Adaptations for the Kitchen • The Kitchen is one of the most important rooms in the house. Preparing and eating food is not only recreational, but it is vital for health and independence. • • Physical access for persons who use wheelchairs: • • There should be sufficient space to properly navigate a wheelchair. Therefore, the widths of the door openings are crucial. There should generally be at least 32 inches of space to properly enter and exit. Special swing-away hinges can be cheaply installed to increase the free space by as much as 3 inches. If the entrance is accessed from a 90° angle there must be additional room to pivot during the maneuver. • Floor surfaces should be smooth (i.e. tile) or a short carpet weave. Longer carpet styles and thick padding can make pushing a wheelchair more difficult. • Plastic guards are available to protect the counters and refrigerator from scratches from wheelchairs. • Opening a refrigerator from a wheelchair can be difficult unless sufficient space is available next to the handle side of the refrigerator door. If a person must approach the refrigerator from the front, the door will likely strike the foot supports and prevent entry. A person should maneuver their chair next to the refrigerator, open the door, and then move to the center to grab the needed item. Some refrigerators have ice, water and other small compartments that can be accessed from the outside without opening the main door. • Counter tops and sinks should be approx. 30” off the floor with sufficient space to move a wheelchair into position underneath. If this is not possible, retractable cutting boards can be installed that allow the user to be in a good position for cutting and preparing food. Adjustable tables are available that can be customized for all activities such as working on puzzles, card games, as well as use by all members of the family. • Counter surfaces immediately next to the stove tops or counter top heating units should be the same height to eliminate the need for lifting heavy pots on and off the burner. They can merely be slid into position - an act requiring much less strength and with a much lower risk of injury.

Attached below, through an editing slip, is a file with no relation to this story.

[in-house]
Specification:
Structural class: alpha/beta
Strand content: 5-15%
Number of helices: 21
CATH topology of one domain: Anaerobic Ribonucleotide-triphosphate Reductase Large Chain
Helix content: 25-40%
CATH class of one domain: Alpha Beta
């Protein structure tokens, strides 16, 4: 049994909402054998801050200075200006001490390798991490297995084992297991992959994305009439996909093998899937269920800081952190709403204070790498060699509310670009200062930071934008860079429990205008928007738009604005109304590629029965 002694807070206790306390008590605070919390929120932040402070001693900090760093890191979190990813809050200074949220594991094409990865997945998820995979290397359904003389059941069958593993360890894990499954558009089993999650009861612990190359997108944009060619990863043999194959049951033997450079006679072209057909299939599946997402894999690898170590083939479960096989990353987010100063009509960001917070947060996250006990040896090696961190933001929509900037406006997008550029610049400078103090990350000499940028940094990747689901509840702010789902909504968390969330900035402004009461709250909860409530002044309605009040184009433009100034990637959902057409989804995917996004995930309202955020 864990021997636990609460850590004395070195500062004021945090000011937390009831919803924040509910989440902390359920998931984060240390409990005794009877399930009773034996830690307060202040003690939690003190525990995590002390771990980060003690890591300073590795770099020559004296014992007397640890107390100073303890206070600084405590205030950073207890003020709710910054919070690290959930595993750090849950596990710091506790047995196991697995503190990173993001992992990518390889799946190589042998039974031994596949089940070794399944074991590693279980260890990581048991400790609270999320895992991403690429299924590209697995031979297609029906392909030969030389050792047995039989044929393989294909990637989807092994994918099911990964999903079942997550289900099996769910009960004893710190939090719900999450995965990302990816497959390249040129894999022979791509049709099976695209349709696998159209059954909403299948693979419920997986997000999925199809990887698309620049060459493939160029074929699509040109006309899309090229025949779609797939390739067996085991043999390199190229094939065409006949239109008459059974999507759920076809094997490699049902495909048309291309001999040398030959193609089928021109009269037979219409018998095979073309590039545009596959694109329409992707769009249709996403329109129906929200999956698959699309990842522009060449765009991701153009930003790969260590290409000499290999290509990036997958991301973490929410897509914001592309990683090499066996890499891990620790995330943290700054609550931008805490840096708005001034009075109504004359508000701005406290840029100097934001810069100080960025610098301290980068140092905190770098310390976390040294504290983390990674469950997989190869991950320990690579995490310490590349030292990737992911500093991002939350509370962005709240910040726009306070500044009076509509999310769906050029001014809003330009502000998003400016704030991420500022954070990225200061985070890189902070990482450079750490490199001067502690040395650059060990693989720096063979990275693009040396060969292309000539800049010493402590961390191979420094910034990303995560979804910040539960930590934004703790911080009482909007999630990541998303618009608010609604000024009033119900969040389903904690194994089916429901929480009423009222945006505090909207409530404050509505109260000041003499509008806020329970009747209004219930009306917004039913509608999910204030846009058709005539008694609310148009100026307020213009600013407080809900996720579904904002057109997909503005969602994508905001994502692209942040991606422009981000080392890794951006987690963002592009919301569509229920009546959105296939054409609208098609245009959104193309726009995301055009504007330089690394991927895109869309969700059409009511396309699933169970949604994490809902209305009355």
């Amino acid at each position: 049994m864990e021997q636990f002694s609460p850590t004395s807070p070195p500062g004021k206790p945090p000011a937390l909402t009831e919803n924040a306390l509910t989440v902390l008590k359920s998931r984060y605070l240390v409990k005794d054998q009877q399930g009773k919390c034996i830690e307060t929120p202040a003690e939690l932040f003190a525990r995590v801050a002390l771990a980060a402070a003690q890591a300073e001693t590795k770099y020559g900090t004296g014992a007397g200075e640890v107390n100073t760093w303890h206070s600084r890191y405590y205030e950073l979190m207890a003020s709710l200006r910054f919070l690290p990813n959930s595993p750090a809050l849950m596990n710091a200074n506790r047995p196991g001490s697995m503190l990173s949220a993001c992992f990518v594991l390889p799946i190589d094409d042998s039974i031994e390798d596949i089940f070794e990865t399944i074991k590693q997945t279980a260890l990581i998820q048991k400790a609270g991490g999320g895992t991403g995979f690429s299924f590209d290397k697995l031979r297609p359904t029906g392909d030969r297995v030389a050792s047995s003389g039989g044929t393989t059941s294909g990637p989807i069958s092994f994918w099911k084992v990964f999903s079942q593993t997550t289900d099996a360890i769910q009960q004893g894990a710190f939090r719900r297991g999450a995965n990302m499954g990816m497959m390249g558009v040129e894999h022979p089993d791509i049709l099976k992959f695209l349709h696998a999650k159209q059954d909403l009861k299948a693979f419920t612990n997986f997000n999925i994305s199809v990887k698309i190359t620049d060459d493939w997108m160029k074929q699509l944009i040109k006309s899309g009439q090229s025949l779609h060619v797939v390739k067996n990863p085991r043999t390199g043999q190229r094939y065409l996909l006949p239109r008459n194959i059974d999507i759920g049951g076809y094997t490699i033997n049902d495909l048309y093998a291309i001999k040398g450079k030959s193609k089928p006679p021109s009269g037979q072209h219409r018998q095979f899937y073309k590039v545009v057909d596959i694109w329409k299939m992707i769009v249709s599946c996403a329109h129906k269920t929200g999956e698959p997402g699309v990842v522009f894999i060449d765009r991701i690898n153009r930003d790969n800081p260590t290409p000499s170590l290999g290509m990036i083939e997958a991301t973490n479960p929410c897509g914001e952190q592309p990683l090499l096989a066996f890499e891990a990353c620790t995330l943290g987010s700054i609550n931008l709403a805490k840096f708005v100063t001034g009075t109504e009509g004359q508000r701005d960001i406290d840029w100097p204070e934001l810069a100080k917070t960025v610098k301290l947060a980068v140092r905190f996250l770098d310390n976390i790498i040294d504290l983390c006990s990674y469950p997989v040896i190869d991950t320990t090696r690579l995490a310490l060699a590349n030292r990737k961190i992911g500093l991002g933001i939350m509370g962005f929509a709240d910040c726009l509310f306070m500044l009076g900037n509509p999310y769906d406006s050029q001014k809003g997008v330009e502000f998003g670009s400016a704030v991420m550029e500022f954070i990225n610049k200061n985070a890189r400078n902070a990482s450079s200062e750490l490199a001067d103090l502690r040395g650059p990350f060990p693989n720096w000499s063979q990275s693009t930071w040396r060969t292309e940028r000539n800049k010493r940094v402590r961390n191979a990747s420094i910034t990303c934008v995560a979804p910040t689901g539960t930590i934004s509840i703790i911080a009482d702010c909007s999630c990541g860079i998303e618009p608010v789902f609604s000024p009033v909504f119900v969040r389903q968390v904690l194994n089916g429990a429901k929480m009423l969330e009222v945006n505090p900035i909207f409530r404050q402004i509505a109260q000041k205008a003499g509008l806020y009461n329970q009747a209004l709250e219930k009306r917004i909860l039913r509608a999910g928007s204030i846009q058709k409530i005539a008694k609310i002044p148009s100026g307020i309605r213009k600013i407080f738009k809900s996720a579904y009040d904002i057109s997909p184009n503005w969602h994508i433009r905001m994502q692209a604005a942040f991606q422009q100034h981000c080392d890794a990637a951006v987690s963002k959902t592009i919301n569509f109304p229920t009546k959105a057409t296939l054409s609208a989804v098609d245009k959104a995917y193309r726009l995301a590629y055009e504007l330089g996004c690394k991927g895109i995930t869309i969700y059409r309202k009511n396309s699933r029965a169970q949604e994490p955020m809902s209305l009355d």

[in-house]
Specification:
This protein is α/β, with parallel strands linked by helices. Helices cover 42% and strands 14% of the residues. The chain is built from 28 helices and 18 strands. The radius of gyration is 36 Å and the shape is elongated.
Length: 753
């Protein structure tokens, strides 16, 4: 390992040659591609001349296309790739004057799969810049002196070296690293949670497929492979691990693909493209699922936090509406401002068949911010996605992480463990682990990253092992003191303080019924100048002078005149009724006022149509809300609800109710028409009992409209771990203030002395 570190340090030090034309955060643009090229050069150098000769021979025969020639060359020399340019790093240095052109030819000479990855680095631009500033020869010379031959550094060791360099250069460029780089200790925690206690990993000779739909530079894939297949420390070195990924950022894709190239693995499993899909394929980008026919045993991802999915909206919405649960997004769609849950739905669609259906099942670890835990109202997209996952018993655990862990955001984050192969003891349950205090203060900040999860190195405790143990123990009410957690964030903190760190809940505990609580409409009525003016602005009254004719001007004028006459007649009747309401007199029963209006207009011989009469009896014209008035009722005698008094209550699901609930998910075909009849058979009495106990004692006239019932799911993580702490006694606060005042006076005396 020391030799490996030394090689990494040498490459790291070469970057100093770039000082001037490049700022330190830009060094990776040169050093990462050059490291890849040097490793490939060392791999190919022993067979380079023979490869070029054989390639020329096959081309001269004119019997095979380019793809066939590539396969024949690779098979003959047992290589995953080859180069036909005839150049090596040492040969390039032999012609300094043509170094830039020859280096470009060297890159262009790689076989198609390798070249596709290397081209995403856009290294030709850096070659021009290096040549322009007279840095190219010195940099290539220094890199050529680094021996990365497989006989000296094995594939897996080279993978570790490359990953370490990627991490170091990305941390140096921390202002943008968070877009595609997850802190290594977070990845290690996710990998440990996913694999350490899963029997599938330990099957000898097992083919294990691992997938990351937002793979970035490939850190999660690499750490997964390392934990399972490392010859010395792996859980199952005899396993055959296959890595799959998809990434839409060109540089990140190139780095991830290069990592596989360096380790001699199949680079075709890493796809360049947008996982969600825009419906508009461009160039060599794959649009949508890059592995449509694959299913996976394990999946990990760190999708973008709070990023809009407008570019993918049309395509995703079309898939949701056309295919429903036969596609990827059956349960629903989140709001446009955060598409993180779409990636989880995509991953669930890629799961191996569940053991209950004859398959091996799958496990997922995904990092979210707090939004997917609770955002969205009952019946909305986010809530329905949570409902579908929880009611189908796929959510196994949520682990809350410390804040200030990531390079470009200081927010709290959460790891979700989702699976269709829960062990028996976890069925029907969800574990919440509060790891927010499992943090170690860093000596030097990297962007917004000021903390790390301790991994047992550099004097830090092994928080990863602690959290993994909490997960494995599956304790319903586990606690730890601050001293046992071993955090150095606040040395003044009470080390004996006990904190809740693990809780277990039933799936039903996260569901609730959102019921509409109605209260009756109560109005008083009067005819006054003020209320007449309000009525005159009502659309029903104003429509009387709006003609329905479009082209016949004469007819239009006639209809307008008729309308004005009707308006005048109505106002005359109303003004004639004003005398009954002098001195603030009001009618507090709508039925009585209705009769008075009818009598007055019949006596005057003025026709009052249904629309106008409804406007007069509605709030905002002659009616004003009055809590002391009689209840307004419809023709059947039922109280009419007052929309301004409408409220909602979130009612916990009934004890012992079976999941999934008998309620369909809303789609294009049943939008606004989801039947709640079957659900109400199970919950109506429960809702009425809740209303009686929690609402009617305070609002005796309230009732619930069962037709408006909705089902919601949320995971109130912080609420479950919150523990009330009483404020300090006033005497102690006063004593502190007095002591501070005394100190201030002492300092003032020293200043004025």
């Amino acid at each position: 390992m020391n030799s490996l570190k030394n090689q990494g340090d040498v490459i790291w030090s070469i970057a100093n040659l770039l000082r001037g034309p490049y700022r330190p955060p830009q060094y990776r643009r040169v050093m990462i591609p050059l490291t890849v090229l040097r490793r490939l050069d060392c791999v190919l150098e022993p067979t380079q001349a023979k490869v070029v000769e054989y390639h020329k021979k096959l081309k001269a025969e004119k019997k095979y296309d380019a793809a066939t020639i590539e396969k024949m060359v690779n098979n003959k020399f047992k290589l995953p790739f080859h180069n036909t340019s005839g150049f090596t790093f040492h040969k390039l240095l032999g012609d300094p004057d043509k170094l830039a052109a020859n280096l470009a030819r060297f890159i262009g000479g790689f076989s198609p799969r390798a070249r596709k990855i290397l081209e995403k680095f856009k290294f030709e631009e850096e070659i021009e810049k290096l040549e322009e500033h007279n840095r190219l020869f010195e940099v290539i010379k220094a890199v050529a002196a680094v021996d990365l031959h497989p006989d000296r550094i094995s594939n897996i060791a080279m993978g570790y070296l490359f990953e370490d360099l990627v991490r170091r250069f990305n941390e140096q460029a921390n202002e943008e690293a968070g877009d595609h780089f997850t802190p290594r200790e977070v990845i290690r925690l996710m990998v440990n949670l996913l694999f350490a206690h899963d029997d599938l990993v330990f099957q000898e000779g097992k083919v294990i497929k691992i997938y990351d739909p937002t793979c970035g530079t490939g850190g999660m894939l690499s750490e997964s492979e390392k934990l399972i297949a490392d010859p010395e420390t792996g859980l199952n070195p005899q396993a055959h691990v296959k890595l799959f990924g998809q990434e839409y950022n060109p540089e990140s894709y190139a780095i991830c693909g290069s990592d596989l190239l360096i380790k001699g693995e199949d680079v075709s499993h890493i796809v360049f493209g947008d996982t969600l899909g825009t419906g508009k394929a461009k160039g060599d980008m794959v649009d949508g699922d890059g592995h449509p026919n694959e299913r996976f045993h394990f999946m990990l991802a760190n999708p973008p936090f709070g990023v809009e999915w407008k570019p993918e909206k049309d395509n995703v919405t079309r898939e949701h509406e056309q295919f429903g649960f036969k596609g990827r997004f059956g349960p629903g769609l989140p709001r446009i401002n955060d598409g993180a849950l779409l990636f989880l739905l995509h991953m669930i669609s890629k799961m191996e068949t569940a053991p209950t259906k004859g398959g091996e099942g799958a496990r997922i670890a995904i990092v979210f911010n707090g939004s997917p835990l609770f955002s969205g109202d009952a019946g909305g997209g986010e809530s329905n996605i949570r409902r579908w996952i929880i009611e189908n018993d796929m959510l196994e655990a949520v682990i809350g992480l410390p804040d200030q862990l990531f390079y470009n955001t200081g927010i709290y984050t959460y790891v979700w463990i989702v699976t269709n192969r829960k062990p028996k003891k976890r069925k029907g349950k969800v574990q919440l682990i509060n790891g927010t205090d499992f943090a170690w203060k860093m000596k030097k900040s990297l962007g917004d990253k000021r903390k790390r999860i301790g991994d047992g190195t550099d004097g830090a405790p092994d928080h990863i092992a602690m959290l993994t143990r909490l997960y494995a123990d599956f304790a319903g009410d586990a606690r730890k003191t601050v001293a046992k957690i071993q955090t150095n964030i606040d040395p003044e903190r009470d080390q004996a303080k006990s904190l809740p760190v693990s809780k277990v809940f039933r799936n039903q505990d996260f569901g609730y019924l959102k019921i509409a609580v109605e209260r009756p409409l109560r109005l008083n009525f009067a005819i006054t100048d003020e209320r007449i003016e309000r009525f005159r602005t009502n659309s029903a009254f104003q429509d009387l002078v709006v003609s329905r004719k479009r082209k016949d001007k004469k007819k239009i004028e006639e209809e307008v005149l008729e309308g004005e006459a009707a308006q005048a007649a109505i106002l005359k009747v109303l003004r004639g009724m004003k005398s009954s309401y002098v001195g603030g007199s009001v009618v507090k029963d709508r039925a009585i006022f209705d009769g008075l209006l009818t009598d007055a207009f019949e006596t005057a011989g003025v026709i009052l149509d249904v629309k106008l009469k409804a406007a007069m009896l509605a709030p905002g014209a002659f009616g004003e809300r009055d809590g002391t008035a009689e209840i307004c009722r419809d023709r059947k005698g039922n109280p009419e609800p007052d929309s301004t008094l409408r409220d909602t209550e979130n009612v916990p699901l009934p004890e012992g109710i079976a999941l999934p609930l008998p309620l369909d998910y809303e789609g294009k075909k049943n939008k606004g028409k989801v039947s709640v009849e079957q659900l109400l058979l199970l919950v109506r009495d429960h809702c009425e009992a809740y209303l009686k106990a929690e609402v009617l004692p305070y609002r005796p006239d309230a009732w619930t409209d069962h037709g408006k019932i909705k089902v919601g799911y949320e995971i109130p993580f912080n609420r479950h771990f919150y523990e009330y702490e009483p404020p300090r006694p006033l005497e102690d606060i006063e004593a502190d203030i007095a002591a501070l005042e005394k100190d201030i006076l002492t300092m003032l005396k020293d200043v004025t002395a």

Adaptations for the Kitchen



• Adjustable height cupboards can be installed to make the contents accessible to all persons. The cupboards are mounted on a track, and can be moved up or down with an electric motor and control unit. • Considering the arrangement of items in the kitchen area can also be helpful. Place heavy and frequently used items at a convenient height (most often it is lower) and near their place of use. • A large variety of bags and other carryall type devices are helpful when wheelchair users need to transport items from one area to another. Some attach behind the chair near the user’s back, and others enable items to be stored under the seat. They come in a variety of sizes and colors. • Light switches can be adapted with rod-like extensions to make them accessible from any height. • • Adaptations for persons with reduced hand function: • Many persons, due to stroke, arthritis, or other impairments to their hands, require special assistance in the kitchen. Many specialized tools are available to assist them in doing hand oriented tasks. • • Adapted drawer pulls that have a large C shaped opening allow a user to place his/her hand inside and pull with the wrist. This eliminates the need to grasp drawer knobs with the fingers. • Lever handle faucets give better leverage and a bigger target for those with weakness or tremors. Adapted knob turners can be added to a conventional knob for the same effect. • Electric vegetable peelers, enable peeling with only one hand. • Cooking baskets fit inside a traditional pan, and allows the user to lift only the food portion out when serving. This enables the user to avoid lifting the pan and water during use. • Specially designed carving utensils have closed handles and contour grips, which make use easier for persons with weak hands. • Jug tippers allow safe, easy pouring of liquids with only one hand. The jug is placed inside a cradle for easy manipulation. • A jar holder can be purchased in which jars are placed in a small, easy to use vice. The unit stabilizes the jar to facilitate one-handed opening. • Special easy-open containers allow the user to prepare food with less strain on the hands and wrists.